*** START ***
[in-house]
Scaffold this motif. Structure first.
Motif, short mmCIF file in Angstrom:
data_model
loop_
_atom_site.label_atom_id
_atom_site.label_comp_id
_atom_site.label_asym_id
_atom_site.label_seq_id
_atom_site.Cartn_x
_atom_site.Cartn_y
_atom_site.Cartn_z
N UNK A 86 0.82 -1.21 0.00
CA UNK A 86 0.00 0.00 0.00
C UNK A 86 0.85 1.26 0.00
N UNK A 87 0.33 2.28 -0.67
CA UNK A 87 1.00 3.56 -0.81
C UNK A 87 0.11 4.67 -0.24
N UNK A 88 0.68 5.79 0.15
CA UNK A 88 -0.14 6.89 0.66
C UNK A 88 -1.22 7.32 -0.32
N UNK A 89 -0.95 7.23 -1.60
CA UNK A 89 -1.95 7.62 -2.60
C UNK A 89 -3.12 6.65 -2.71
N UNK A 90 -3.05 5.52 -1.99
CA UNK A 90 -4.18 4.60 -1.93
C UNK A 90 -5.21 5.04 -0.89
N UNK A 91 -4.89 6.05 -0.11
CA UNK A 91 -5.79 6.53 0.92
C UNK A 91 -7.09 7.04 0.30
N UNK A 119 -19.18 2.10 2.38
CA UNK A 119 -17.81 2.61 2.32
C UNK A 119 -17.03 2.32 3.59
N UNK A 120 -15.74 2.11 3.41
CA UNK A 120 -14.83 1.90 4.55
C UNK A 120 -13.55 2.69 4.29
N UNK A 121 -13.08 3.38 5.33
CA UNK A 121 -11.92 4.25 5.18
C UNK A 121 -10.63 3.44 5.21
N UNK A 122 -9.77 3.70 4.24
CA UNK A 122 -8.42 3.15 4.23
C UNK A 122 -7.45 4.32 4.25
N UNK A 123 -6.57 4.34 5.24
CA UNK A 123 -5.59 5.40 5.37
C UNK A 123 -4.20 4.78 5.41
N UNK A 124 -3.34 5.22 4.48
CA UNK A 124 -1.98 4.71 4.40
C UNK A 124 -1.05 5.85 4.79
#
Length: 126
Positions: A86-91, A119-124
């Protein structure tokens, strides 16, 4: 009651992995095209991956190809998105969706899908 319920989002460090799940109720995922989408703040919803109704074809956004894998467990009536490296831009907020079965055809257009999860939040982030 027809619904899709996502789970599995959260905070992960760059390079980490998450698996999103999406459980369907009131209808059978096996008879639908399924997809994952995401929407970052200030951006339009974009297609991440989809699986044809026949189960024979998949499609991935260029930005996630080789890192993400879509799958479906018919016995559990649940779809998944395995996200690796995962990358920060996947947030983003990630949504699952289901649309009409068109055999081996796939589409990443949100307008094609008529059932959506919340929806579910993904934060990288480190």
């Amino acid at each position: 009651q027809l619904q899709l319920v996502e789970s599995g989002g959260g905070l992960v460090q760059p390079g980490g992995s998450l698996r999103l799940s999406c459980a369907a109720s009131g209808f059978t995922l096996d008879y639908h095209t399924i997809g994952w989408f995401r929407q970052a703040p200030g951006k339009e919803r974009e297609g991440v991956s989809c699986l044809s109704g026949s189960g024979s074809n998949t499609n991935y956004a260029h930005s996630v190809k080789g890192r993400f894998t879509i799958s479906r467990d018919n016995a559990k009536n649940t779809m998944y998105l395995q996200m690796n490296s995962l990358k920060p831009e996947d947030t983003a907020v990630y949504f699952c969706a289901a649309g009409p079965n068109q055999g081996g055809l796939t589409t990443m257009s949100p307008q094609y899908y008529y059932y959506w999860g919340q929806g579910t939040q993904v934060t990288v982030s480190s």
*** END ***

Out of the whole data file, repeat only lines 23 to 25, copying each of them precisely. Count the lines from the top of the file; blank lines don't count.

CA UNK A 89 -1.95 7.62 -2.60
C UNK A 89 -3.12 6.65 -2.71
N UNK A 90 -3.05 5.52 -1.99